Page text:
What Is Art? Art Is A Celebration of Life

While I was visiting my mother in the hospital last week, I stopped by the Starbucks coffee shop and ordered a Latte. As she was finishing my order, the little girl, with her Bootheel twang, asked: “Do you want the foam?”

I responded with a resounding “YES!” and I wondered to myself: “Why would anyone order a latte if they didn’t want the foam?”

And with that question, I began to analyze myself. While others prefer a straight cup of coffee, I also like the froth. Some might argue that the froth is not the nuts and bolts of life–it is not the real. Some might believe the froth to be a little flowery for them–perhaps they consider the froth to be a distraction from the essential.

According to an old Dutch Proverb, “The Froth Is Not the Beer.”

No one can argue with that bit of science. The froth is NOT the beer, but after careful consideration, I realize that I must stand with those who love the extra foam–the cherry on the top–the flowers along the road. In my opinion, the people who like the froth of life are probably the people who need art.

Just living is not enough… one must have sunshine, freedom, and a little flower. – Hans Christian Andersen

For several years, I taught art in schools, and in seeking to define art for my students, I used to tell them:

Art Is A Celebration of Life

Many will argue this point but I believe that poetry and the essence of painted works rise out of the froth that skitters along the surface of the scientific.

“some poems froth
and foam and rise…

out of my morning cup of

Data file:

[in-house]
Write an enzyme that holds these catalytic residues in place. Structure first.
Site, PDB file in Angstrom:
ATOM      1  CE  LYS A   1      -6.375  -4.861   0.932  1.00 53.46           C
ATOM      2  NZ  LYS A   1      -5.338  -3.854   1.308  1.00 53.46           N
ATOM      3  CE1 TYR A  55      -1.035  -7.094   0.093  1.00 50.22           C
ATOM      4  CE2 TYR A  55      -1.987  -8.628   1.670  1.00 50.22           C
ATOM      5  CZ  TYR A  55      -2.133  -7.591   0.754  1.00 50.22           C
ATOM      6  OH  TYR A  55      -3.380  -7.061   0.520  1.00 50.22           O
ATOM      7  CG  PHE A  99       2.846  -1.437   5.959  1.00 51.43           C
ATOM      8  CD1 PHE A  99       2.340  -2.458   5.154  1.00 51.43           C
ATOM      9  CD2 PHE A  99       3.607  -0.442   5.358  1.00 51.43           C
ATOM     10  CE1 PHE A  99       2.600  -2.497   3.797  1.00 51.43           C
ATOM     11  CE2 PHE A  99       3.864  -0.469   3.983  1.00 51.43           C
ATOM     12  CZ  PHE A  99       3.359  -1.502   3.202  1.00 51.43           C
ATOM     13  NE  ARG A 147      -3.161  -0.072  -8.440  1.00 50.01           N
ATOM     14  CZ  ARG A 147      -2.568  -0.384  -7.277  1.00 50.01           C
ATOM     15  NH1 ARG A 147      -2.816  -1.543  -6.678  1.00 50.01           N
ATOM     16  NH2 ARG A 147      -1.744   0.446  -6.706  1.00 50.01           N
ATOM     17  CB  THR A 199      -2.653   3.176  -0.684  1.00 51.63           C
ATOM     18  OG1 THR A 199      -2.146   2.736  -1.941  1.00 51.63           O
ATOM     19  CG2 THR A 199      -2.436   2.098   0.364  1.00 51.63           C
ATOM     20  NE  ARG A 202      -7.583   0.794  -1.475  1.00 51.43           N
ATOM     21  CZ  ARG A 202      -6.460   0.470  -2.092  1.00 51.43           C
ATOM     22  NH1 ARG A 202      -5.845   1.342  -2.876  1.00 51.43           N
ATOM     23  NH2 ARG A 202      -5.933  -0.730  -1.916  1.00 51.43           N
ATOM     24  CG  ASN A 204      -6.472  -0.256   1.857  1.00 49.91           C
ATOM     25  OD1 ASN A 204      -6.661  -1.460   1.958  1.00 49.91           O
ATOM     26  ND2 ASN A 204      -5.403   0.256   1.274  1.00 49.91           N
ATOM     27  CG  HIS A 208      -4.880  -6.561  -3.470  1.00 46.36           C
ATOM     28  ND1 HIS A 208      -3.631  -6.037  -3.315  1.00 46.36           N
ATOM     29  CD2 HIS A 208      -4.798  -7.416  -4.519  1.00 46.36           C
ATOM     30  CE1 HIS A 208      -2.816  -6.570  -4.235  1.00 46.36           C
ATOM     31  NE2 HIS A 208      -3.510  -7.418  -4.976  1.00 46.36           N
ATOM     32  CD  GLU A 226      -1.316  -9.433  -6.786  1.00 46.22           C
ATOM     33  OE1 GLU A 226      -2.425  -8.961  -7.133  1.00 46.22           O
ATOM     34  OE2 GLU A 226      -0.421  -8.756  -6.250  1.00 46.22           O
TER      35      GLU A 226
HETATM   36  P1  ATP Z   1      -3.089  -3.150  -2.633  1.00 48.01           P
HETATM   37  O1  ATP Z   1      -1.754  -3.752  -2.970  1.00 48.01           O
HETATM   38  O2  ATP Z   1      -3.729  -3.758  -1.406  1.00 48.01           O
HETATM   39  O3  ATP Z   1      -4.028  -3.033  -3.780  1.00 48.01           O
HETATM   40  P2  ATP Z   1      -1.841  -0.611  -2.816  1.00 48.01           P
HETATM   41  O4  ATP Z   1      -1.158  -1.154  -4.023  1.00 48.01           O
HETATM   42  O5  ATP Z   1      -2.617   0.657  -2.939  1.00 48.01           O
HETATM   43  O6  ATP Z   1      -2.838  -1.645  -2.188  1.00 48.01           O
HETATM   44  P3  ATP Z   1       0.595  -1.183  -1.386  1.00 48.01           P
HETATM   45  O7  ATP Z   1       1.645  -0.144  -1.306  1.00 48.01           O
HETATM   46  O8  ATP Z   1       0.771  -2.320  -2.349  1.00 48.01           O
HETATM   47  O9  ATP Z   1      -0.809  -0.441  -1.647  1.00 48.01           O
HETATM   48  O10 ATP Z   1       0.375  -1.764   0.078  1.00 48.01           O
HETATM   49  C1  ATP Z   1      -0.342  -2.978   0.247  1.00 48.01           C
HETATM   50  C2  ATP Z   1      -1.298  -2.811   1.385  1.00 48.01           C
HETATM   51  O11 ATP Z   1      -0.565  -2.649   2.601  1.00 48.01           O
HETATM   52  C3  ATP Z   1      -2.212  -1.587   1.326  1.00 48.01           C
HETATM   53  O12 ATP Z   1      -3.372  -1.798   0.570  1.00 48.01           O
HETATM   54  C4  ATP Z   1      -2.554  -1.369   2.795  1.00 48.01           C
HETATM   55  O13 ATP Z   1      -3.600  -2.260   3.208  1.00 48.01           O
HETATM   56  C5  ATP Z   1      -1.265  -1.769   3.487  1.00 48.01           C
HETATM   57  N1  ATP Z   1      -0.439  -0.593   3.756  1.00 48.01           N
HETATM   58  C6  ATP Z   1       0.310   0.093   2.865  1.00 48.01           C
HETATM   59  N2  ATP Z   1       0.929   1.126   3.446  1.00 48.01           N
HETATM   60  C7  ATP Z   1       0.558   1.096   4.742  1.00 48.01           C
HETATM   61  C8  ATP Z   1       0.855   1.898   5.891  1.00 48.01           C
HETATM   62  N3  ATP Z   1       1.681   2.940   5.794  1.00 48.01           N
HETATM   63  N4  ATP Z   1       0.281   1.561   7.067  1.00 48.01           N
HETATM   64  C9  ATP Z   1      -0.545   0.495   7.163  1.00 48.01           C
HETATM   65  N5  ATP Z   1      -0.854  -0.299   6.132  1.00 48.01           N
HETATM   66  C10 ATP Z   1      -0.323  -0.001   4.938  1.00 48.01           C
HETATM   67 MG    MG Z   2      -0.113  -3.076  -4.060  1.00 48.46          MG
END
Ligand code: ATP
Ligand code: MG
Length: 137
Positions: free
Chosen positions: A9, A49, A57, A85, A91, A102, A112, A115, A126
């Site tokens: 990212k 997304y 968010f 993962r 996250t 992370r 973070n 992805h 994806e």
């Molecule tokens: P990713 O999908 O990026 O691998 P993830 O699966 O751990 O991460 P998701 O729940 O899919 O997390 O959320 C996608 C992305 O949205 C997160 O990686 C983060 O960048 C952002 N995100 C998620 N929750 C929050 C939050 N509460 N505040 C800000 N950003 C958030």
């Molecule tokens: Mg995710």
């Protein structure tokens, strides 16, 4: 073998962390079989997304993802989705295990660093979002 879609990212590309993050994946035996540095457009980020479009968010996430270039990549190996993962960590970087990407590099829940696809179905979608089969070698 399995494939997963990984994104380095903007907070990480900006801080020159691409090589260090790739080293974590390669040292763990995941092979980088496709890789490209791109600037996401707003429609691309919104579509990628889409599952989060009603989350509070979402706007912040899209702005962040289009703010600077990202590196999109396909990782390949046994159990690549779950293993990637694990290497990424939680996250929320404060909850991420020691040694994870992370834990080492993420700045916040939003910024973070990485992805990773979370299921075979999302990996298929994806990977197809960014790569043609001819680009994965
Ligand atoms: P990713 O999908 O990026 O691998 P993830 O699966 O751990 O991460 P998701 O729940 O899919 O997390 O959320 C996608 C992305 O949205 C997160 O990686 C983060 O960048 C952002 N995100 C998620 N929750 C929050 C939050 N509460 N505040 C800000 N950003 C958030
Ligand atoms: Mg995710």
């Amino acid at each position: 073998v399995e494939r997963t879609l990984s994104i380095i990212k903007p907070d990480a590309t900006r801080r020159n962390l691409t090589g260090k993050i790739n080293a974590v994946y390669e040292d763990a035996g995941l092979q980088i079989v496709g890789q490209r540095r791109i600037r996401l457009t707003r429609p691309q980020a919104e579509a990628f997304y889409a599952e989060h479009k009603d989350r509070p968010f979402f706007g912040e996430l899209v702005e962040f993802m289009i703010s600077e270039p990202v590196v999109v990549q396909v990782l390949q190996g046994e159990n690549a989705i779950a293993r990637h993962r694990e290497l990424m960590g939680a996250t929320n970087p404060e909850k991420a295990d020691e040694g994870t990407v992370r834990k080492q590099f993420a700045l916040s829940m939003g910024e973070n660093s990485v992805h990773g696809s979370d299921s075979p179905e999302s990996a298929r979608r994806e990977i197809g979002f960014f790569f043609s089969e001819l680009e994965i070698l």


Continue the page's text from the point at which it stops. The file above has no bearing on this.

mist-sweetened coffee.”
― Sanober Khan, Turquoise Silence

Archibald MacLeish wrote his thoughts about poetry in his Ars Poetica. I think that I understand Ars Poetica, but the nature of art is that it is not essential to fully understand it. It is only important that we sense what art seeks to say.

Ars Poetica


A poem should be palpable and mute
As a globed fruit,

As old medallions to the thumb,

Silent as the sleeve-worn stone
Of casement ledges where the moss has grown—

A poem should be wordless
As the flight of birds.

A poem should be motionless in time
As the moon climbs,

Leaving, as the moon releases
Twig by twig the night-entangled trees,

Leaving, as the moon behind the winter leaves,
Memory by memory the mind—

A poem should be motionless in time
As the moon climbs.

A poem should be equal to:
Not true.

For all the history of grief
An empty doorway and a maple leaf.

For love
The leaning grasses and two lights above the sea—

A poem should not mean
But be.

Again, I take my coffee with foam. I take my journey with flowers along the road. I take my life with a cherry on the top.

And from your froth we soon shall see
A second Venus rise. – Thomas Carew



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